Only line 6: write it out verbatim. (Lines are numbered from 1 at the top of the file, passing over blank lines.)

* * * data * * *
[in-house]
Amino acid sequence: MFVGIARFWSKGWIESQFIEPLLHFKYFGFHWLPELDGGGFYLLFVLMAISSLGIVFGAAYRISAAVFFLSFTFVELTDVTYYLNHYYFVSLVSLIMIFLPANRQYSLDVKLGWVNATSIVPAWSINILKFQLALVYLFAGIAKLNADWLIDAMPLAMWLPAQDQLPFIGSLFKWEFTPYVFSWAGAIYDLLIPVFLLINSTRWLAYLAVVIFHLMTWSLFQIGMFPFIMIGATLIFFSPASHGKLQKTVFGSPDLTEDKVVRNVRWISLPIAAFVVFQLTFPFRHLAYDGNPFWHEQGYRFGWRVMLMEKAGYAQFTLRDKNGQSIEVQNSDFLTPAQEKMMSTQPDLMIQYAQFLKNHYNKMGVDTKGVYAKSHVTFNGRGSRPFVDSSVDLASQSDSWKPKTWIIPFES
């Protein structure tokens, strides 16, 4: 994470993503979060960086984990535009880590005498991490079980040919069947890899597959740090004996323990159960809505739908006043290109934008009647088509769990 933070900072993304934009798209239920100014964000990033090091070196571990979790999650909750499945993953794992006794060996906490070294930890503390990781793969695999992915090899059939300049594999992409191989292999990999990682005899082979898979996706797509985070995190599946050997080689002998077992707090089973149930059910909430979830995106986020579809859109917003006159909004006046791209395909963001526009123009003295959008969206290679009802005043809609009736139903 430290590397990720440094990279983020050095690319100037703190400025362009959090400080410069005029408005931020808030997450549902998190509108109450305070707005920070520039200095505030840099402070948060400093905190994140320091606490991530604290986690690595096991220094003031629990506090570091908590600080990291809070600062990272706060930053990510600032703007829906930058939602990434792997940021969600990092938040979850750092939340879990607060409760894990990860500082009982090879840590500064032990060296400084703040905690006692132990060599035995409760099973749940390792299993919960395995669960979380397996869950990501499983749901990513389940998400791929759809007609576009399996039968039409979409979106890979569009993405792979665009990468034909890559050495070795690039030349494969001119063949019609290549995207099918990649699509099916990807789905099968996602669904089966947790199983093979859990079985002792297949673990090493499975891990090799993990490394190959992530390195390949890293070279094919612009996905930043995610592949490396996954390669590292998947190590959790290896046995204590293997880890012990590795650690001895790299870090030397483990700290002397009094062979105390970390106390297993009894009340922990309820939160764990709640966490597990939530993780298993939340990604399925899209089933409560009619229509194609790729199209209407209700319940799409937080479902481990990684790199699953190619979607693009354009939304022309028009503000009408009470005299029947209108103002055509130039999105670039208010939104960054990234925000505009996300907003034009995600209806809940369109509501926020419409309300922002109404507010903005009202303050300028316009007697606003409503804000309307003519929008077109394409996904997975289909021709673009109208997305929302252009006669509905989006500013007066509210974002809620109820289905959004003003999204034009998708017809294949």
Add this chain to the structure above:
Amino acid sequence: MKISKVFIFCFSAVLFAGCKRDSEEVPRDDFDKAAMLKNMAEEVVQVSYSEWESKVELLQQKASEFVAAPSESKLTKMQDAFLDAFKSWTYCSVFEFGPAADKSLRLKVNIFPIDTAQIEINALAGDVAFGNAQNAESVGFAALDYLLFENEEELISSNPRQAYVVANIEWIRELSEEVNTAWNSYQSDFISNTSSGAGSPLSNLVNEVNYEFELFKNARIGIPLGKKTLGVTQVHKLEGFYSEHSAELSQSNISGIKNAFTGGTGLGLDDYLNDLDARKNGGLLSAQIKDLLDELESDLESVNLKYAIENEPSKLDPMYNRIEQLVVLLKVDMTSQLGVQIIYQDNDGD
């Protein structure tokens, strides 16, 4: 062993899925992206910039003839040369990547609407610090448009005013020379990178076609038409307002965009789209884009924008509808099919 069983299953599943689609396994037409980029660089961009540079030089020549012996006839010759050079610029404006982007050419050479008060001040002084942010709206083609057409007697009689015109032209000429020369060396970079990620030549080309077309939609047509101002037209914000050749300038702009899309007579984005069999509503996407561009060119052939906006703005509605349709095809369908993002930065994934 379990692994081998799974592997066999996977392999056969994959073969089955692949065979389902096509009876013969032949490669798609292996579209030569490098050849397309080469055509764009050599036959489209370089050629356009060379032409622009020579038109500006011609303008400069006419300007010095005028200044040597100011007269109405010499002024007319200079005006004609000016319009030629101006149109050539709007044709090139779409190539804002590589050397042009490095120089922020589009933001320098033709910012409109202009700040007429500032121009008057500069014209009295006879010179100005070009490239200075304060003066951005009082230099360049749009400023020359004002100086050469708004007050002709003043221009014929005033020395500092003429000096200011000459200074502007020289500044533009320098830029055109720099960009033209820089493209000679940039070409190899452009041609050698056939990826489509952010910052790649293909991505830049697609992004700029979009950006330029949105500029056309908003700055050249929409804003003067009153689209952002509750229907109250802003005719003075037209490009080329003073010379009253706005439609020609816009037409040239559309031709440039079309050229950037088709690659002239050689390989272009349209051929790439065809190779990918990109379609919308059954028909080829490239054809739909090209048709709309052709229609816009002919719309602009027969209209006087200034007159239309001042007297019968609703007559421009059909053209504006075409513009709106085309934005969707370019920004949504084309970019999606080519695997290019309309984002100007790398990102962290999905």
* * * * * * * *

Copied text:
């Protein structure tokens, strides 16, 4: 062993899925992206910039003839040369990547609407610090448009005013020379990178076609038409307002965009789209884009924008509808099919 069983299953599943689609396994037409980029660089961009540079030089020549012996006839010759050079610029404006982007050419050479008060001040002084942010709206083609057409007697009689015109032209000429020369060396970079990620030549080309077309939609047509101002037209914000050749300038702009899309007579984005069999509503996407561009060119052939906006703005509605349709095809369908993002930065994934 379990692994081998799974592997066999996977392999056969994959073969089955692949065979389902096509009876013969032949490669798609292996579209030569490098050849397309080469055509764009050599036959489209370089050629356009060379032409622009020579038109500006011609303008400069006419300007010095005028200044040597100011007269109405010499002024007319200079005006004609000016319009030629101006149109050539709007044709090139779409190539804002590589050397042009490095120089922020589009933001320098033709910012409109202009700040007429500032121009008057500069014209009295006879010179100005070009490239200075304060003066951005009082230099360049749009400023020359004002100086050469708004007050002709003043221009014929005033020395500092003429000096200011000459200074502007020289500044533009320098830029055109720099960009033209820089493209000679940039070409190899452009041609050698056939990826489509952010910052790649293909991505830049697609992004700029979009950006330029949105500029056309908003700055050249929409804003003067009153689209952002509750229907109250802003005719003075037209490009080329003073010379009253706005439609020609816009037409040239559309031709440039079309050229950037088709690659002239050689390989272009349209051929790439065809190779990918990109379609919308059954028909080829490239054809739909090209048709709309052709229609816009002919719309602009027969209209006087200034007159239309001042007297019968609703007559421009059909053209504006075409513009709106085309934005969707370019920004949504084309970019999606080519695997290019309309984002100007790398990102962290999905």